The conflict between President Obama, the budget and the divided Congress may delay several climate, conservation and regulation programs, since important environmental agencies are closing until further notice.
What is a Shutdown?
When Congress does not approve the budget, all non-essential services that depend on the federal state are suspended and the government is obliged to send home unpaid officials until a resolution is made. So, starting October 1st, the new fiscal year, all museums, national parks and most U.S. agencies are closed, sending their employees home while others work with only the essential number of people. The last time this situation took place was 17 years ago during the government of President Clinton.
Which are the agencies directly related to the environment that are affected by the shutdown?
The Environmental Protection Agency. In EPA Chief Gina McCarthy’s words, the agency has “essentially shut down.” About 96% of the agency’s staff was sent home, meaning that, for example, the new carbon emission regulations for power plants proposed two weeks ago could be delayed and environmental violations will be prosecuted more slowly.
National Weather Service. Although the NWS will continue to provide weather forecasts, watches, and warnings, much of the agency’s research activities have stopped or been slowed.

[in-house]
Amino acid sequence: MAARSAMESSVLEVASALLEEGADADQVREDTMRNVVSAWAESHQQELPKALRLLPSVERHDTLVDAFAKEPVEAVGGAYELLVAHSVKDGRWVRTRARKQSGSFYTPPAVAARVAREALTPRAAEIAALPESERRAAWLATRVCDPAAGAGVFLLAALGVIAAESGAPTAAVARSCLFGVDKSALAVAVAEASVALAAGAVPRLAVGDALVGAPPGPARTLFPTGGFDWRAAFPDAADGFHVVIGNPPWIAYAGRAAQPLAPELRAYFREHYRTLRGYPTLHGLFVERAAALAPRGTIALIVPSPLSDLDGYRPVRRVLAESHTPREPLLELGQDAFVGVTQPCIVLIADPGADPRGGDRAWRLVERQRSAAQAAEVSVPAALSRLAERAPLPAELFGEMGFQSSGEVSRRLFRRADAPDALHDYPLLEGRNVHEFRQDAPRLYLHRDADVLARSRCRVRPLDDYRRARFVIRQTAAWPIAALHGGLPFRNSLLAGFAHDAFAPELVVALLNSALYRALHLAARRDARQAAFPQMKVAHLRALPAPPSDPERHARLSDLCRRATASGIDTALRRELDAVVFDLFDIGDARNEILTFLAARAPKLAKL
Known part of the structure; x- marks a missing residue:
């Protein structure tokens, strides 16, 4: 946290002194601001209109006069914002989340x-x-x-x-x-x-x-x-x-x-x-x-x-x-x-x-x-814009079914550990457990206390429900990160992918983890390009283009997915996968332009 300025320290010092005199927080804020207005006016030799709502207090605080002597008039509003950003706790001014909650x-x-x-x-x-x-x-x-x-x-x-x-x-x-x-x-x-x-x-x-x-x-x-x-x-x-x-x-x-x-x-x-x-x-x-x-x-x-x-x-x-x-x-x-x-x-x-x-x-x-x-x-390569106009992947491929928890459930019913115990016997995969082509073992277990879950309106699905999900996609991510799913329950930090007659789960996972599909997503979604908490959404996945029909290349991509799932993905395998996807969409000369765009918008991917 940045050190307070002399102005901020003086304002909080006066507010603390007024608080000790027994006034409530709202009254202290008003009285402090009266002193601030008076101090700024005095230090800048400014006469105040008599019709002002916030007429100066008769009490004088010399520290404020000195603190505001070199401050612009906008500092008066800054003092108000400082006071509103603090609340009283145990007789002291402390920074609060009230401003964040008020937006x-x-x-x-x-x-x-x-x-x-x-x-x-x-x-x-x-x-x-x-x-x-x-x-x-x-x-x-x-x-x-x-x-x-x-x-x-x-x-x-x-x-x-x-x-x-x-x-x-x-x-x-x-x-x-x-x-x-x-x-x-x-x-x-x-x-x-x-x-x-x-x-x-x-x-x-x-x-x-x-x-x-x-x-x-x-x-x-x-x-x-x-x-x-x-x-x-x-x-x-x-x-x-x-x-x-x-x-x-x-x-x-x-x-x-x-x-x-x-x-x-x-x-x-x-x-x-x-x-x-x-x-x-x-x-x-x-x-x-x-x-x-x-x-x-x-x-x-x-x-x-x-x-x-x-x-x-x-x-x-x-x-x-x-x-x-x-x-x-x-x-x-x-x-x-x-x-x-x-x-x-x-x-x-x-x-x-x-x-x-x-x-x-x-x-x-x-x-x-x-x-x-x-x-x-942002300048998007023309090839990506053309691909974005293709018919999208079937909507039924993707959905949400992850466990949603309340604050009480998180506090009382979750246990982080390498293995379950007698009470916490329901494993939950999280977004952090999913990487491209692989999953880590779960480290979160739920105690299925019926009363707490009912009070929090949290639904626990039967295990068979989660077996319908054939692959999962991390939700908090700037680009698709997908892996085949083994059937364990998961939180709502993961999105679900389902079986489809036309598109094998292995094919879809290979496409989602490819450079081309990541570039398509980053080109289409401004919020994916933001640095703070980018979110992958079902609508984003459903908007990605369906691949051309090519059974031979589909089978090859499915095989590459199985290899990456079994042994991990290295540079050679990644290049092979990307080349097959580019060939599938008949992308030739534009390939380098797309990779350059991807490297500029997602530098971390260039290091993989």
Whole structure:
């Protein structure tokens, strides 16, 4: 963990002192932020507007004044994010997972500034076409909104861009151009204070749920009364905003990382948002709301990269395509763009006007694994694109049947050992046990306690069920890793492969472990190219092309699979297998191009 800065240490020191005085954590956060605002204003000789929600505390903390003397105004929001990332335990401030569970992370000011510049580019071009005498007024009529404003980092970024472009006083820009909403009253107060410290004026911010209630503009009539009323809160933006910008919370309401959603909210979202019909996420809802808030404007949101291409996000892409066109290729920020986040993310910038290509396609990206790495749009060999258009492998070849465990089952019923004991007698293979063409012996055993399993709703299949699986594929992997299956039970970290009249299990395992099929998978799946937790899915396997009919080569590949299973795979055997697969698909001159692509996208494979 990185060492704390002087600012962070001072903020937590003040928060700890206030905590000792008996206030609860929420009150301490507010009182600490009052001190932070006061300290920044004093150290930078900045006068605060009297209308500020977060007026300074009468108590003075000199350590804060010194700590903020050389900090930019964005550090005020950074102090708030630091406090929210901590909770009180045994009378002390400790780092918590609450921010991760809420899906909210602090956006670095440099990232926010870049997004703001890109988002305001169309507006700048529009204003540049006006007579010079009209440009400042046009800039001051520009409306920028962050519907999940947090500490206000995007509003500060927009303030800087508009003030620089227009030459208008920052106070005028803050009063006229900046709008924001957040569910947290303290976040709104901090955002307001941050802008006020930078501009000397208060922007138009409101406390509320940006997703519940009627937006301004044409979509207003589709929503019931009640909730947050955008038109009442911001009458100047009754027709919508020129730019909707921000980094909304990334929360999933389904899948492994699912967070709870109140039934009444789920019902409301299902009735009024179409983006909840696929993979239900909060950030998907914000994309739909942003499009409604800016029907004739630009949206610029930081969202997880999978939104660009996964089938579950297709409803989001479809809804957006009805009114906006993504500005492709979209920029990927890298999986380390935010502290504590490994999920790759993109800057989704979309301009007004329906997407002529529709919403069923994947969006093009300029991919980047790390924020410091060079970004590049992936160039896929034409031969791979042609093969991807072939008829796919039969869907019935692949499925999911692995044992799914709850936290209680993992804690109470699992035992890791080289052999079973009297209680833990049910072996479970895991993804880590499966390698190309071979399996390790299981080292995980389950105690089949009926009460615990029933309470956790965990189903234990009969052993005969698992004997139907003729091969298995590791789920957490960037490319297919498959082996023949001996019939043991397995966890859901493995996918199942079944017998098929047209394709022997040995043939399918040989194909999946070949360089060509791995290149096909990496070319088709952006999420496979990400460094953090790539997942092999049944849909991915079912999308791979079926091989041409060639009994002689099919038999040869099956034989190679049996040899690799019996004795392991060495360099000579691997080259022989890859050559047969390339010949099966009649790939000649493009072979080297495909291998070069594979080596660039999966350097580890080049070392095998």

The Department of Energy. Most employees conducting energy research projects were sent home. The offices that are still at work are the Nuclear Materials and Power Grids, the office of Energy Efficiency and Renewable Energy and part of the Environmental Cleanup.
National Parks. Ironically, October 1st marked the 123rd anniversary of the Yosemite National Park. It was also the day Yosemite and all other national parks, monuments and government-funded museums —closed to the public.
The good news, however, is that not all of the important government agencies and organizations are shutting down, at least for now. Some of the agencies that remain open include the Colorado Flood Relief, the Hurricane Sandy Rebuilding, the Energy Information Administration, the Office of Oceanic and Atmospheric Research, and the National Marine Fisheries Service Agency.